58. I just started using the Jawbone Up2. I am awaiting an actual EEG to be scheduled, but they are scheduling so far out, I decided I would track my sleep until then. Obviously an Up2 is not going to be any where near as accurate and telling as an EEG, but I wanted to get an idea anyway. I knew I was not sleeping well, but when seeing it on a graph in the morning it was shocking to see just how bad it really is. Out of an 8-9 hours of “sleep” only 1 hour and 45 min of that is “deep sleep”. The rest is either light sleep or me being awake about 5 times a night for a total of nearly 2 hours. Its really no wonder I am tired all of the time. I suffered a traumatic brain injury about 2 years ago and ever since then, my sleep has been awful (among other lovely leftover side effects). I don’t know what to do to get a good night’s sleep, but boy would I love to have one….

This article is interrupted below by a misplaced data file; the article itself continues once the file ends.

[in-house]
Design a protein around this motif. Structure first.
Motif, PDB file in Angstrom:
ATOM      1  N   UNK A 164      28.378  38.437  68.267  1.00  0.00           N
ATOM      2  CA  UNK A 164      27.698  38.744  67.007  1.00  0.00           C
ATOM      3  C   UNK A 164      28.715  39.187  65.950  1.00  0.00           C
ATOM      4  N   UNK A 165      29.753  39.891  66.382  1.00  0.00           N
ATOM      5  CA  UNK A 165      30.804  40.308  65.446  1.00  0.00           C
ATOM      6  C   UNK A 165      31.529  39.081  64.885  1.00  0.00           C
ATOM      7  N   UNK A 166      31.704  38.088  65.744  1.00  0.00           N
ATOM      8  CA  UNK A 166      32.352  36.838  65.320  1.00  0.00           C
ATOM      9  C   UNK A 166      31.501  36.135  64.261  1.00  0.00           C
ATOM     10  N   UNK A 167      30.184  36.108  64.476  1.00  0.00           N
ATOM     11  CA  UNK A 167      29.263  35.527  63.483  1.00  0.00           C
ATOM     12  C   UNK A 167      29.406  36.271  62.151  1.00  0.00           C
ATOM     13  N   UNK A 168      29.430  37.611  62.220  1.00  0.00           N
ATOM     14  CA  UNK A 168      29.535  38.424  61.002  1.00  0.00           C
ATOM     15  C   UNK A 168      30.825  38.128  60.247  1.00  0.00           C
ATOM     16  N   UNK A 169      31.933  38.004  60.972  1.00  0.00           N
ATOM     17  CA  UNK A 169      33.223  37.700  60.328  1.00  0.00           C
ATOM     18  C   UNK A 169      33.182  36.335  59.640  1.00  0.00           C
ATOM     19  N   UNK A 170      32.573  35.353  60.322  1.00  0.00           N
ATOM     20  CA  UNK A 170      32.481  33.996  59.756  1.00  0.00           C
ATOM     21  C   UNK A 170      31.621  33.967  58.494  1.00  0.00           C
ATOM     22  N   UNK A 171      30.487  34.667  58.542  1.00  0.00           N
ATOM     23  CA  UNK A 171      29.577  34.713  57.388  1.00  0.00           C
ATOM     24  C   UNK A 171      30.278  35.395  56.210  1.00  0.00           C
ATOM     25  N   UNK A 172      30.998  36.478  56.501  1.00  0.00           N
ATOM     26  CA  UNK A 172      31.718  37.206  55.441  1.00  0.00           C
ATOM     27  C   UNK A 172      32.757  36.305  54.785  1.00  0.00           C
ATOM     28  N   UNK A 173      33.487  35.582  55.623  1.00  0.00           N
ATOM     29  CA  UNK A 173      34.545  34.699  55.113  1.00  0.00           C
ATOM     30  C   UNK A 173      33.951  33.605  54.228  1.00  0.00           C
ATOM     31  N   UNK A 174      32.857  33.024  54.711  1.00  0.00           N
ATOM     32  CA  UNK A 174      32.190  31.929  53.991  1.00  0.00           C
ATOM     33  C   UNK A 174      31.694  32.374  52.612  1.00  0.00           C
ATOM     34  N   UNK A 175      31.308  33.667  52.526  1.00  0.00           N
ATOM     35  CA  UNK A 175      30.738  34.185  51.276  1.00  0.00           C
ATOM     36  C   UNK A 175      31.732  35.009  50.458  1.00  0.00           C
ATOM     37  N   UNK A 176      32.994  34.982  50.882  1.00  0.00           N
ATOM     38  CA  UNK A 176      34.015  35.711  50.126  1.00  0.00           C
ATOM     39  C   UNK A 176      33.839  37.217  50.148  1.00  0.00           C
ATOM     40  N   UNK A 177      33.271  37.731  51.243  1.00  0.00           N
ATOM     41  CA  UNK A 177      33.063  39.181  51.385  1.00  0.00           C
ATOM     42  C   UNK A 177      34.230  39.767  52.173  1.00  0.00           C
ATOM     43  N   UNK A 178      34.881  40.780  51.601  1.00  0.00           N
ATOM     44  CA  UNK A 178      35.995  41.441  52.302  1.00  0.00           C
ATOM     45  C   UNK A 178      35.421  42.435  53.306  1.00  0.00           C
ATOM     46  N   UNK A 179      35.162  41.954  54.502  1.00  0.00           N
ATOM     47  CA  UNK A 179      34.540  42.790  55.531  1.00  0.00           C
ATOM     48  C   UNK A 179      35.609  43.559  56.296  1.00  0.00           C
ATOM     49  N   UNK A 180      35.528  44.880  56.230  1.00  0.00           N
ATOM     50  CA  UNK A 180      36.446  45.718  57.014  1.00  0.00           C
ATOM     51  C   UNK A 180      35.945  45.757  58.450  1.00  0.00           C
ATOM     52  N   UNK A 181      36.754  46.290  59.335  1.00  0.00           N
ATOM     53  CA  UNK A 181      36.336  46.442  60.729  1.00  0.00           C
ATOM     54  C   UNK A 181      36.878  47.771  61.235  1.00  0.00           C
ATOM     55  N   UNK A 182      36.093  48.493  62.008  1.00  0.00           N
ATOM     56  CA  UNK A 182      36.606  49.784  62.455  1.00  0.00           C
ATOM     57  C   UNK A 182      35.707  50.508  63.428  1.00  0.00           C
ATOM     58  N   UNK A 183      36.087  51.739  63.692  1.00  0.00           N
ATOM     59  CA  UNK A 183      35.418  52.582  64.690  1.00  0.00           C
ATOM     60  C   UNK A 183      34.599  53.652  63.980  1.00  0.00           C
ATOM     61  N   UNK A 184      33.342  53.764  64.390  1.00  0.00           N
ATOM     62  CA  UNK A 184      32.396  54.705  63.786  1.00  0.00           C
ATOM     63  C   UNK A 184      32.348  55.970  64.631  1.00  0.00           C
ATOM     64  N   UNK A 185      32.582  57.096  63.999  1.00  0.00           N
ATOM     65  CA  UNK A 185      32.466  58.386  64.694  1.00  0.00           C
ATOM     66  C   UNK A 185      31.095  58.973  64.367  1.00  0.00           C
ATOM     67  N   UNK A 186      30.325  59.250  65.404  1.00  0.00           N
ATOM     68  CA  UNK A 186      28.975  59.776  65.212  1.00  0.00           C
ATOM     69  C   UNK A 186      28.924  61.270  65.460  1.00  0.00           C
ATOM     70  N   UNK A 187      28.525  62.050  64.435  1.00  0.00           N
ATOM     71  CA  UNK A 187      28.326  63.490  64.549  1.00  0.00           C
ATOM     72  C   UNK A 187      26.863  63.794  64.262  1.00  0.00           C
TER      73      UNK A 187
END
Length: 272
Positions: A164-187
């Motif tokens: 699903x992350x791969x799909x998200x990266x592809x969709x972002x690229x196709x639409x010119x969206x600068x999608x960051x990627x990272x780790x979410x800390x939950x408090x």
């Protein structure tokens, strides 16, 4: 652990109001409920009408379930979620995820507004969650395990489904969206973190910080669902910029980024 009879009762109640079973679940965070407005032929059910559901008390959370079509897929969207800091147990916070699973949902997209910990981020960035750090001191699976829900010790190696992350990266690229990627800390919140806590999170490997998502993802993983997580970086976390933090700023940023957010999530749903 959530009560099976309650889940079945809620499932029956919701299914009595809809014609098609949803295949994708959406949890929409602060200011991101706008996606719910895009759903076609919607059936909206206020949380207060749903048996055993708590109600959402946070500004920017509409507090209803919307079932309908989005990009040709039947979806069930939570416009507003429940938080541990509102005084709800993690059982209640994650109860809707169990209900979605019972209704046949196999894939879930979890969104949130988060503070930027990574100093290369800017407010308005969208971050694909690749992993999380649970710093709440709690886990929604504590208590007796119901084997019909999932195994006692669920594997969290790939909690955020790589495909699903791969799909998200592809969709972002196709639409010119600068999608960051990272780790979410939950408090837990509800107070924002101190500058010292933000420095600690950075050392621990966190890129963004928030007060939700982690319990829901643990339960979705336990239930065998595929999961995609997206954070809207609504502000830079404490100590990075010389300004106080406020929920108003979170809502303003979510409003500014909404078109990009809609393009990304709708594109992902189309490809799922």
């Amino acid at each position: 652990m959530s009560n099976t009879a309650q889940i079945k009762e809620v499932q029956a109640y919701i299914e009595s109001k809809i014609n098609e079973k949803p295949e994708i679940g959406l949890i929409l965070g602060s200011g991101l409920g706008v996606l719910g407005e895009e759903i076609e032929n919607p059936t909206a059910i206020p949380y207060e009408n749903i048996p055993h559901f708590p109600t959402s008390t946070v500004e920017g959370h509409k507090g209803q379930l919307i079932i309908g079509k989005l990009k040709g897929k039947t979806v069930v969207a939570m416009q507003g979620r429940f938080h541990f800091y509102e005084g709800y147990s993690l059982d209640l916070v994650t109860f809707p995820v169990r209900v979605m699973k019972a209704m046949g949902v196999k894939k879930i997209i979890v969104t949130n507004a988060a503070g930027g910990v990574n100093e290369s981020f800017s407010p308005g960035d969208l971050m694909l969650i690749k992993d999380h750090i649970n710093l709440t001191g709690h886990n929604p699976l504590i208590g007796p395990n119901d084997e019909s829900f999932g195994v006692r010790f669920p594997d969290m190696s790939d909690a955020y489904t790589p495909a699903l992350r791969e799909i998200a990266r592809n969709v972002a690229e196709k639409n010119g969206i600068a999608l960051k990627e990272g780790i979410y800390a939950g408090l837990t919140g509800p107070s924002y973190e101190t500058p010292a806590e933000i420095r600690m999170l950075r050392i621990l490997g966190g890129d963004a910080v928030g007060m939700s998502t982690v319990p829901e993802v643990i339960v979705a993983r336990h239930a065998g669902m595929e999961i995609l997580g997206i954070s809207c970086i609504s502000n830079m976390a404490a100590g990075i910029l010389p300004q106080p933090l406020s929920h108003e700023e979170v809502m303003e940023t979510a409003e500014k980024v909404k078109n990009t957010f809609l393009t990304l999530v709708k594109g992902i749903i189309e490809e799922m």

59. I haven’t read all the comments so I don’t know if this was remarked on elsewhere (& yes the post is from a while back now) but technical point. Jawbone probably can tell when you’re in REM sleep, because it tracks not on,y movement but heart rate. When you’re not moving but you suddenly get an increase in heart rate variability = REM sleep… Hope that helps.

  60. According to my jawbone data, My deep sleep is sporadic in small bits of time interspersed with light sleep in between. I’m wondering if this is normal and healthy or not???

  61. I just completed a sleep study test at a clinic which I received because I don’t sleep well and I am exhausted. I started the actual test at 9:30pm and completed it at 5:30 am. I did not sleep well but it definitely was no different than my typical sleep at home. The report says I slept for 176 minutes and had 0% REM. I had some apnea, and woke up an average of 9 times an hour. Because my apnea was considered not to be major, no reccomendations were made. Just wondering what my next step should be to get more sleep.

  62. Excellent article. For last few weeks I am using Fit Bit and deep sleep is hardly 2 hrs out of 7 hours I sleep. Sometimes it drops to even 1 hr and 10 min.
    I was wondering what should be the correct norm for me and I have almost got the answer. Now it is up to me how I can improve the percentage to 45%.